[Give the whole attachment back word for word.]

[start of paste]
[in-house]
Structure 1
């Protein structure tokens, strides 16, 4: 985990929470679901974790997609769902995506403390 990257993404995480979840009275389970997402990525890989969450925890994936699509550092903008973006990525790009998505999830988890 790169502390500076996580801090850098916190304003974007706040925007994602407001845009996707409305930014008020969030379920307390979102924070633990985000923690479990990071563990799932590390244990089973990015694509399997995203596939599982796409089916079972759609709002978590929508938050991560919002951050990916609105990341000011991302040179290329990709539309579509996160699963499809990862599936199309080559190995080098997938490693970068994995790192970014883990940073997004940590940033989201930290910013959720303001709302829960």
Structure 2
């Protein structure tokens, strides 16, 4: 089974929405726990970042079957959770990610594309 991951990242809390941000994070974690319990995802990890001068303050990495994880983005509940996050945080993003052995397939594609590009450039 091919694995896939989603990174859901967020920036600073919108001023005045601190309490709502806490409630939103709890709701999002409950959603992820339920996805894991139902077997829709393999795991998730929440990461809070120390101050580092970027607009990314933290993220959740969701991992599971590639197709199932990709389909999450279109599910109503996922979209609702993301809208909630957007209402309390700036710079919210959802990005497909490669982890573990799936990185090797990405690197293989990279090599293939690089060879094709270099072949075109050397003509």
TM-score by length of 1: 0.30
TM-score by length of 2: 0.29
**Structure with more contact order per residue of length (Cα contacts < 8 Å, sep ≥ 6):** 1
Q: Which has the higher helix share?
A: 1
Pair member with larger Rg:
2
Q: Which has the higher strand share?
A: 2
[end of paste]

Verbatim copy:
[in-house]
Structure 1
């Protein structure tokens, strides 16, 4: 985990929470679901974790997609769902995506403390 990257993404995480979840009275389970997402990525890989969450925890994936699509550092903008973006990525790009998505999830988890 790169502390500076996580801090850098916190304003974007706040925007994602407001845009996707409305930014008020969030379920307390979102924070633990985000923690479990990071563990799932590390244990089973990015694509399997995203596939599982796409089916079972759609709002978590929508938050991560919002951050990916609105990341000011991302040179290329990709539309579509996160699963499809990862599936199309080559190995080098997938490693970068994995790192970014883990940073997004940590940033989201930290910013959720303001709302829960």
Structure 2
């Protein structure tokens, strides 16, 4: 089974929405726990970042079957959770990610594309 991951990242809390941000994070974690319990995802990890001068303050990495994880983005509940996050945080993003052995397939594609590009450039 091919694995896939989603990174859901967020920036600073919108001023005045601190309490709502806490409630939103709890709701999002409950959603992820339920996805894991139902077997829709393999795991998730929440990461809070120390101050580092970027607009990314933290993220959740969701991992599971590639197709199932990709389909999450279109599910109503996922979209609702993301809208909630957007209402309390700036710079919210959802990005497909490669982890573990799936990185090797990405690197293989990279090599293939690089060879094709270099072949075109050397003509």
TM-score by length of 1: 0.30
TM-score by length of 2: 0.29
**Structure with more contact order per residue of length (Cα contacts < 8 Å, sep ≥ 6):** 1
Q: Which has the higher helix share?
A: 1
Pair member with larger Rg:
2
Q: Which has the higher strand share?
A: 2